In Wisconsin’s Spring primary, a relatively empty ballot led to a relatively light turnout but determined a rather important race to the future of Wisconsin politics. In many places across the State, the only contest that faced voters in the booth was the 4-way supreme court primary between incumbent Justice David Prosser, and challenger candidates Joanne Kloppenburg, Marla Stephens, and Joel Winnig. In the end, Prosser sailed through and came out on top and his challenger is assistant State Attorney General Joanne Kloppenburg who came in second. Kloppenburg will now aim to take out Prosser in the April 5 Spring election.
Kloppenburg, who has a ton of legislative experience dating back to the mid-1970’s, fashions herself as a true independent, nonpartisan voice in the supreme court race:
“My approach is to be independent and impartial and that is, to not to prejudge cases,” she told wisconsinvote.org. “Justice Prosser’s has said that he will complement the work of the Governor and the legislature and that he will be the conservative justice. Joel Winnig has said that he will be the progressive justice who will help to change laws on the court, and Marla Stephens has said she will be an advocate. And I believe that those approaches are wrong. I have been in front of many judges, I as the litigator and the advocate. The judge doesn’t advocate for one side or the other. The lawyers advocate for what is right and what is true but the judge administers justice and decides without prejudging, without deciding if there is a conservative side to a case or a liberal side to a case and applies the law to the fact independently and impartially.”
Meanwhile, Wisconsin Governor Scott Walker has made good on two more his promises, one being the passage of legislation that requires a 2/3rds vote of the State legislature for tax increases and the other bill, signed into law last week, that replaces the Wisconsin Department of Commerce with the Wisconsin Economic Development Corporation, a public/private entity with the transition being overseen by Commerce Secretary Paul Jadin. The no-tax increase sets up one of the philosophies for which the Governor promised he would put in place to reform the State budget: No tax increases to cut the deficit. However, one of the Governor’s main proposals associated with rolling out his budget repair bill has created a furor among State workers: The proposal to decrease collective bargaining agreements among all public sector union workers with the exception of fire and police workers, as well as State inspectors. The Governor proposed that public union workers pay more into their health and pension plans to alleviate the spending of taxpayer dollars in light of the budget deficit that has grown to 3.6 billion in this session and while some are opposed to that reform, the majority of protesting union workers are upset about the collective bargaining restrictions.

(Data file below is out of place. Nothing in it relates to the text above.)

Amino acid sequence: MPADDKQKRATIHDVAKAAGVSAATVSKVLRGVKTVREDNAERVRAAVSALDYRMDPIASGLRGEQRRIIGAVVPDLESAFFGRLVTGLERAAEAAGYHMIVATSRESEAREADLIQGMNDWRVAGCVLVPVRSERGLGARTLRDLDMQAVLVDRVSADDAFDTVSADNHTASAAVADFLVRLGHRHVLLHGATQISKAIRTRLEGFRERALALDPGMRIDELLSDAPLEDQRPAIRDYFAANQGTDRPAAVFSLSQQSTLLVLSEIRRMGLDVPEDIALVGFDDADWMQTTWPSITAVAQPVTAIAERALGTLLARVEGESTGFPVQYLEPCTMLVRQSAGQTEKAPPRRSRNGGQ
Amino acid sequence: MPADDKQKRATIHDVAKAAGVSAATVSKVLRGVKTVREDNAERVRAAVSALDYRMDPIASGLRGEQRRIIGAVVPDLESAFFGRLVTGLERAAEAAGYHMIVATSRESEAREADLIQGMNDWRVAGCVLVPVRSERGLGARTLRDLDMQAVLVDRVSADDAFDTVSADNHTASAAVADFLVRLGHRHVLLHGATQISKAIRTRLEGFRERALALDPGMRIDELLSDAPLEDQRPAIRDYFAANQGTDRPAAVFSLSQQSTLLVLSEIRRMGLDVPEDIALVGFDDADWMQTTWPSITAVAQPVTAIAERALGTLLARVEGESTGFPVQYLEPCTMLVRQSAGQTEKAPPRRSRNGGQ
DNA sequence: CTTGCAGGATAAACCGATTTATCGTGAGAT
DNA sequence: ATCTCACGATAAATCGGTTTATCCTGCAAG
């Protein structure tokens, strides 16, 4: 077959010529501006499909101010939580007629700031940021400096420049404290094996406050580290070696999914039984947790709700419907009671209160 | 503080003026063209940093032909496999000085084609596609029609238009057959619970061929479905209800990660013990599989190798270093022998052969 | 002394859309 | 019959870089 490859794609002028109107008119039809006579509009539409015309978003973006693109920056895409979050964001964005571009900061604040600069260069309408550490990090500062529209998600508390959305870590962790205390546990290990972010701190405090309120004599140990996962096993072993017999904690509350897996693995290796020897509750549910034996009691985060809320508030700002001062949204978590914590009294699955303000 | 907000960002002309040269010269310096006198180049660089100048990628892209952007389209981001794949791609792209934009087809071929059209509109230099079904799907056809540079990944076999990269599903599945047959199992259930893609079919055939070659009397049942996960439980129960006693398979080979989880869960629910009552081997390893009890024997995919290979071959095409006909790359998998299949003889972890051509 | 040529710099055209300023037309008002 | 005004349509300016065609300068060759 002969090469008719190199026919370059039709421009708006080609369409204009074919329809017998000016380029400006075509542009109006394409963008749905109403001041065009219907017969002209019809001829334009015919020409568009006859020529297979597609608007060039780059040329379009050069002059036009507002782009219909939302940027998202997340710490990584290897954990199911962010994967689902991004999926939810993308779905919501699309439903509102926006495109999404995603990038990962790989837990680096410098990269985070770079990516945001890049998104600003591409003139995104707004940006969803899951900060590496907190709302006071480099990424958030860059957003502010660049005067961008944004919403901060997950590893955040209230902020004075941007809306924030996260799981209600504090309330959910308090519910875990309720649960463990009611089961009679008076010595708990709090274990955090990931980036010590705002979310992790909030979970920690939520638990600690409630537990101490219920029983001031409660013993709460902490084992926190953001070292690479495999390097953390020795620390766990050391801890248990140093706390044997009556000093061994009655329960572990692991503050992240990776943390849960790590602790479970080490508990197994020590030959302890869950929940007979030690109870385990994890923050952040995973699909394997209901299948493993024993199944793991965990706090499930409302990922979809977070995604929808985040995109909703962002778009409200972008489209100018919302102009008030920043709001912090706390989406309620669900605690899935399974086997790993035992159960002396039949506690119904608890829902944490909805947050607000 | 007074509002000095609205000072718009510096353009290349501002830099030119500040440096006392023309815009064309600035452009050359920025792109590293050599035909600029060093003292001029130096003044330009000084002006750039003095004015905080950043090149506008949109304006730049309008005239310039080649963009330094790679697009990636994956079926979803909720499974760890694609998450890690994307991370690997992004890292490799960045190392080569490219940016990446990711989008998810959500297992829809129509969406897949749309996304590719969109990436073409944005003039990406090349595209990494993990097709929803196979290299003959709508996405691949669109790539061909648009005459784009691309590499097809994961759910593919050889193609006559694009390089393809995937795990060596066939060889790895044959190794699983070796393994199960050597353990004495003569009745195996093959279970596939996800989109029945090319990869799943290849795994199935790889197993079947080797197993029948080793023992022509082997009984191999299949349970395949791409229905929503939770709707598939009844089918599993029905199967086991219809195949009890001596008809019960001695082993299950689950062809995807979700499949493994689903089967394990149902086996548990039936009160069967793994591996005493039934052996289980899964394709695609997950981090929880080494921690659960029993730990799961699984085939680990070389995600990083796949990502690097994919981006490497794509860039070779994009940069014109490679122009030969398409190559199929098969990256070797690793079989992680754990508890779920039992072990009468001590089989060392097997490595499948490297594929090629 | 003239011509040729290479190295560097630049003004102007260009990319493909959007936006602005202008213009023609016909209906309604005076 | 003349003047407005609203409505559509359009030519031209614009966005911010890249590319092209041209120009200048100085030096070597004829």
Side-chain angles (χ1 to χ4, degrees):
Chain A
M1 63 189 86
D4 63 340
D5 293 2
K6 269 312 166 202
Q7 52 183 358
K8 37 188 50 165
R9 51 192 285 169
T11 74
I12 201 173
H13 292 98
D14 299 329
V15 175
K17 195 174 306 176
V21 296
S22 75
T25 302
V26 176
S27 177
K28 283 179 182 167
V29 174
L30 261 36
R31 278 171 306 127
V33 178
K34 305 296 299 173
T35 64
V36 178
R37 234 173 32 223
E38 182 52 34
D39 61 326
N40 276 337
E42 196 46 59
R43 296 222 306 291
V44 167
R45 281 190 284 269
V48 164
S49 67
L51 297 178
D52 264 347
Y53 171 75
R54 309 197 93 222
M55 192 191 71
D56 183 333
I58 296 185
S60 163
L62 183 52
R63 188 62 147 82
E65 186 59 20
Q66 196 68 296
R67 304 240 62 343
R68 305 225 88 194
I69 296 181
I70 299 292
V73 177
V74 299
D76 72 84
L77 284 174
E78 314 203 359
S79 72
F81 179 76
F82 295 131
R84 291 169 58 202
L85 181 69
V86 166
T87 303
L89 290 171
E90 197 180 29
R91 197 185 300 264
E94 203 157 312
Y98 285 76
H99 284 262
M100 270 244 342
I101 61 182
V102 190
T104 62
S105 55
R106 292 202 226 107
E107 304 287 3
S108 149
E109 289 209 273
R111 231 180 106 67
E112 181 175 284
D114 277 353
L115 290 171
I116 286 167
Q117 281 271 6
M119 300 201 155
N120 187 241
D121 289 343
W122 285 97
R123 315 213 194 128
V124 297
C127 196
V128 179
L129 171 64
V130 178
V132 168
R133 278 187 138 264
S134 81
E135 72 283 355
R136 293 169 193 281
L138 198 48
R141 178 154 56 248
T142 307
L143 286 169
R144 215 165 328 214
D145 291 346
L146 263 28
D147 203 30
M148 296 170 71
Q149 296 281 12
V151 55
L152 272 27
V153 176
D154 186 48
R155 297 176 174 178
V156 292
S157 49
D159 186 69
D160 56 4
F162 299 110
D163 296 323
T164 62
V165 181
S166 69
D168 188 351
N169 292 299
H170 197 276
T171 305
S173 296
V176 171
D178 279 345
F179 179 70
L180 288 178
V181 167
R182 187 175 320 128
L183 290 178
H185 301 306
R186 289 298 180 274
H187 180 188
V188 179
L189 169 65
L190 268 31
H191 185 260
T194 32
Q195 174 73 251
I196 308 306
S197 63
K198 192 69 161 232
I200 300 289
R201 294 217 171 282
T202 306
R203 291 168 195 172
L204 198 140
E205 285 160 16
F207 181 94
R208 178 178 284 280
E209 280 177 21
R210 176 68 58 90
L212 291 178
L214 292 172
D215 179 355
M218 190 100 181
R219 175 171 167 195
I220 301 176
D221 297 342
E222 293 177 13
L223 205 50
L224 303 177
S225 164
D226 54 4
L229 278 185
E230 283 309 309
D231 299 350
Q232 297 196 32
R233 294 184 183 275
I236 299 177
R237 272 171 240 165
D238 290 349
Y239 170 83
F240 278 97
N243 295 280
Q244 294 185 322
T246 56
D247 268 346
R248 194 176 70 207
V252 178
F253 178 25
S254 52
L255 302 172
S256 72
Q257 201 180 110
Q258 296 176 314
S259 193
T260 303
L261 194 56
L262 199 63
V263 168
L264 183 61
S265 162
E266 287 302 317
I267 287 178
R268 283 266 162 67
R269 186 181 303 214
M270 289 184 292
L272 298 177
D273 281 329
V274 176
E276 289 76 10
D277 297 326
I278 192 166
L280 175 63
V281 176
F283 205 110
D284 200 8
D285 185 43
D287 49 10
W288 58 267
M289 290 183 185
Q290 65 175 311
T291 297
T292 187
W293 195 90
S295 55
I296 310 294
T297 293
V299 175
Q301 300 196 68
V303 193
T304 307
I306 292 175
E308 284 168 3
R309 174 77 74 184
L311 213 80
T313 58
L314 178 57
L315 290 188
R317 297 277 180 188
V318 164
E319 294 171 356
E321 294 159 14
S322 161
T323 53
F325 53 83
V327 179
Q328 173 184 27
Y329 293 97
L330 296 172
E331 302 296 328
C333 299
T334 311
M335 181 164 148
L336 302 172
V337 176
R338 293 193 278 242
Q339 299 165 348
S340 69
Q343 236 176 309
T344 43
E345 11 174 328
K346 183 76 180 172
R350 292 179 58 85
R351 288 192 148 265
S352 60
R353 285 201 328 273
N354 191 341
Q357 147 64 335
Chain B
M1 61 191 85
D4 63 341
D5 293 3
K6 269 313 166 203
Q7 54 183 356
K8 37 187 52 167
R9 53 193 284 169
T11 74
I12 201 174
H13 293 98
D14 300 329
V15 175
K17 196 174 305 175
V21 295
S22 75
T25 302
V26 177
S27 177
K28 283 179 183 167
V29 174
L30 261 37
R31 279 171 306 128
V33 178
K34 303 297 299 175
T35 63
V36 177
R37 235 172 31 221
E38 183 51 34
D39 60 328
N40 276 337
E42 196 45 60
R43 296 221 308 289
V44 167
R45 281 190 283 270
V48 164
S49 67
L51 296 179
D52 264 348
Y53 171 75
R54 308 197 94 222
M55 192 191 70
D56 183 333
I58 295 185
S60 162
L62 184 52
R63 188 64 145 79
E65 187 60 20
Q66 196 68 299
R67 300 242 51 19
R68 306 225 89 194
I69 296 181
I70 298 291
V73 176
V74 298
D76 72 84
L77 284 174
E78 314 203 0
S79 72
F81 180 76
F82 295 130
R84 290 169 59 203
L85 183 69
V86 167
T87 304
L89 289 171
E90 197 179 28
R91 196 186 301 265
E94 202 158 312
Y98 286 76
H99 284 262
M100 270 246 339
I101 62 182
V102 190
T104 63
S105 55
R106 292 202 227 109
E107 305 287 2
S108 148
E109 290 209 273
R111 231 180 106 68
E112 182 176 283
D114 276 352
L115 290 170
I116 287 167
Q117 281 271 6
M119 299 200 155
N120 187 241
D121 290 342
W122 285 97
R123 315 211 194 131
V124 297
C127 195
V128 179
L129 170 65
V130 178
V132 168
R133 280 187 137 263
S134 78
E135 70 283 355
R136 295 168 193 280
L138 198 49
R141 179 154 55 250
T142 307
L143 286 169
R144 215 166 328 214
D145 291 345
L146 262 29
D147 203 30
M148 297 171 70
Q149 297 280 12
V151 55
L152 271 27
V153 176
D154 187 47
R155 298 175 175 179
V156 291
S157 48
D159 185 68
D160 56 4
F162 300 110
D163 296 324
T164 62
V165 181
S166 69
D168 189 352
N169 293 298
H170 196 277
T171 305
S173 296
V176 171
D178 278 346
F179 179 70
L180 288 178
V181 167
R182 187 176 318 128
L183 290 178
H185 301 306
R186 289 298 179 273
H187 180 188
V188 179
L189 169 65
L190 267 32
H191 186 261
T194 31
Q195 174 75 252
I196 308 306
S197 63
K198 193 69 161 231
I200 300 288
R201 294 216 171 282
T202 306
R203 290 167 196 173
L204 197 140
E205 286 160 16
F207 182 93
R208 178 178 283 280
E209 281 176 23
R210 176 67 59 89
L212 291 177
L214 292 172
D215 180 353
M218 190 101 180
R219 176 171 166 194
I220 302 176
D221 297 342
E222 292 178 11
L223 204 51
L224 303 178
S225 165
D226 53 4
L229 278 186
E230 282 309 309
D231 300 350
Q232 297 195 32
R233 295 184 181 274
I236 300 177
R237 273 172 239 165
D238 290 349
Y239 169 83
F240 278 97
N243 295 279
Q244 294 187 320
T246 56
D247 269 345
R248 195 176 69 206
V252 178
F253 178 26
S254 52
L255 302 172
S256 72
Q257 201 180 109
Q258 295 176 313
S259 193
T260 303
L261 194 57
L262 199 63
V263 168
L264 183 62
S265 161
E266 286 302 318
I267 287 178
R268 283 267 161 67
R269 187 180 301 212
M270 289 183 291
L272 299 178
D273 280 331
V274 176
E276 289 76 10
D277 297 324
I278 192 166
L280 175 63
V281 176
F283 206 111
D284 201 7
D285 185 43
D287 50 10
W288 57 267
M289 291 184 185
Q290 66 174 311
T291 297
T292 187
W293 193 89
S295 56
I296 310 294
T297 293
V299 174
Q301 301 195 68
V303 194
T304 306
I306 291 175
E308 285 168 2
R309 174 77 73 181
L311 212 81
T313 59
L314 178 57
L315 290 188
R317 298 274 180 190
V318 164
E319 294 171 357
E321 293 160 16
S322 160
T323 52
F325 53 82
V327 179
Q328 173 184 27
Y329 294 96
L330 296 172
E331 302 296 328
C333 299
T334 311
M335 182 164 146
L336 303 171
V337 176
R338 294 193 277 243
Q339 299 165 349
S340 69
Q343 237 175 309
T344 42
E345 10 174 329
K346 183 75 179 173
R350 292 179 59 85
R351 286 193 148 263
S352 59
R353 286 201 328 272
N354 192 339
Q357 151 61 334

In the proposal, collective bargaining rights would be curtailed to only wage increases and these would be capped at the rate of inflation unless decided by public referendum of Wisconsin voters. Unions would also not be able to require non-member public sector workers from having to pay dues or “fair share” payments into the Unions for work performed, would have to take a yearly vote in order to maintain their status as a union, and would not be able to force employers to collect dues for them.
On Tuesday, The Wisconsin Department of Administration estimated that 10,000 protestors had amassed at the Capitol during Joint Finance Committee public hearings on the proposal with 3,000 protestors inside the capitol. The hearings went on well into the night Tuesday and lasted into Wednesday morning.
Madison City employee and union steward Rick Marx told the Wisconsin Reporter:
“It’s one thing to decide that he believes that public workers need to be able to give more money at the bargaining table with their benefits, but it’s another thing to decide that he’s going to eliminate any of our ability to bargain for any of our working conditions.”